Q: What do novelists do in their spare time?
A: They create iPhone applications, of course. Well, at least one Melbourne novelist has.
Narrelle M Harris, author of the rather fab vampire novel, The Opposite of Life, recently launched Melbourne Literary, an app for the iPhone. This app can be used to discover literary locations, local authors and books set in Melbourne. Even I get a mention!
Let me say here that I do not have an iPhone and I have no plans to get an iPhone in the near future. But if I did have an iPhone, this is exactly the sort of app that I’d get and use. So, I invited Narrelle to tell us how she went about putting together the information for this app.
Discovering literary history
By Narrelle M Harris
When you start a project, you never know what you’re going to learn in the research phase. I began the preliminary work on the Melbourne Literary iPhone application fairly confident that I knew a lot about Melbourne and its literary history. I ended up learning how much I didn’t know – but at least I filled in a few gaps.
The app was inspired by Melbourne’s status as the second UNESCO City of Literature (Edinburgh was the first). It achieved the honour for very excellent reasons. This town has a history of being intimately involved in writing, publishing and bookselling from the very early days of the colony in the 1830s. Melbourne has incubated great writers, including one of the first women to write detective fiction, Mary Fortune (who predates both Fergus Hume and Arthur Conan Doyle). It has been birthplace to, or adopted home of, many acclaimed writers. It’s a place where people love to read – at home, on the tram, in little cafes and on the State Library lawn (weather permitting).
I wanted to make the app as interesting and inclusive as possible. I wanted to surprise people with it – for them to discover things they hadn’t known about this town. I had my own little surprises along the way.
Did you know that there is a memorial to Henry Lawson in Footscray Park, overlooking the Maribyrnong River? Raised in 1960 and maintained by the Henry Lawson Society, also based in Footscray? Have you been to The Drunken Poet, an Irish bar near the Victoria Markets? Instead of a mounted TV set, they have dozens of pictures of poets gazing down upon the merrymakers, with regular poetry nights!
For years I’ve walked past a statue on a high column in Brunswick Street and wondered who that man was, with his hands spread so expansively as though in animated conversation with the universe. He proved to be Melbourne poet and raconteur, Adrian Rawlings, active in the poetry and jazz scene in the 60s and 70s.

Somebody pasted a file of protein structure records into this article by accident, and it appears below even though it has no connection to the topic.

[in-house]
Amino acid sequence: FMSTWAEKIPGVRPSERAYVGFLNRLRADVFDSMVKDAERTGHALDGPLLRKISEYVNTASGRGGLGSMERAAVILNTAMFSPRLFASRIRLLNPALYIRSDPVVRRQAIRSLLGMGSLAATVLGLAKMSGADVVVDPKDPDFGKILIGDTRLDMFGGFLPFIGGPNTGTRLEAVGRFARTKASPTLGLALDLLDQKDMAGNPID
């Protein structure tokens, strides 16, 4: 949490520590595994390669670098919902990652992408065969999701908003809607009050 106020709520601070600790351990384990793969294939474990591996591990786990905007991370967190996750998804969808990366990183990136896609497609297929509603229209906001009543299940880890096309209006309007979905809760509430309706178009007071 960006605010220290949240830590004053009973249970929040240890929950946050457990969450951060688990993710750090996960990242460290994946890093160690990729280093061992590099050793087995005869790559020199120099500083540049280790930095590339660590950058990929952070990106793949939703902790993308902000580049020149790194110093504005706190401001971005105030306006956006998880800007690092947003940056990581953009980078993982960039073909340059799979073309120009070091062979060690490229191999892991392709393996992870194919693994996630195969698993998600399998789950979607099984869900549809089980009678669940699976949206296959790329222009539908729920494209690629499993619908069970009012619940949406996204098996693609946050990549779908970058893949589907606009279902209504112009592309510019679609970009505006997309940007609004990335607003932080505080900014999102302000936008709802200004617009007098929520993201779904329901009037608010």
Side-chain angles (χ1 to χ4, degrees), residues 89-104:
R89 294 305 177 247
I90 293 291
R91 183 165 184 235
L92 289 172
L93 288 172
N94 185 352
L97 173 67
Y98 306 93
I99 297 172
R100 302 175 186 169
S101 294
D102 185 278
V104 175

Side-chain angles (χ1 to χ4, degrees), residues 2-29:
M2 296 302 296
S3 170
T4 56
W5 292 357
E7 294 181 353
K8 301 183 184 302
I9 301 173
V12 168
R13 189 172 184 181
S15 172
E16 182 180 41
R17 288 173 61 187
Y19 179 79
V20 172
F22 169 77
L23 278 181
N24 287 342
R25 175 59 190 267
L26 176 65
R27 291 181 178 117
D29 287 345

I discovered new writers and books too, not all of them Victorian. Anita Heiss is an Indigenous writer from Sydney, and her breezy, fun book set in Melbourne Avoiding Mr Right is the second of her “indigenous chicklit” books. I learned about Adrian Hyland’s crime novels, Carole Wilkinson’s dragon books and Gabrielle Williams’ Beatle Meets Destiny, which was marked as a ‘notable book’ in the CBC Book of the Year awards.
Public art, cafes for book lovers, specialist publishers, architectural remnants of our literary past and Australia’s oldest Shakespeare Society (established in 1884) were all there, waiting for me to find them.
Whatever else this project of mine may achieve, I hope that everyone who uses it discovers at least one new thing. As readers and writers, these discoveries give us a rich tapestry from which to construct and experience the written word. Those words are, after all, the stories we tell about ourselves to the world, and it’s a long and colourful epic filled with courage, failure, love, struggle and triumph. It’s good to know as many chapters of it as we can.
Besides, it never hurts to discover a new café, or a new book to read while you’re there.
George’s bit at the end
Has anyone out there used the Melbourne Literary app? Does anyone know of any other literary apps? Leave a comment and share your experiences.
And tune in next time, when I’ll tell you about… something. Not sure what yet, but it’s bound to be interesting, thought-provoking and an absolutely essential read. 😉
Catch ya later, George
PS. Follow me on Twitter… even though I’m not cool enough to own an iPhone!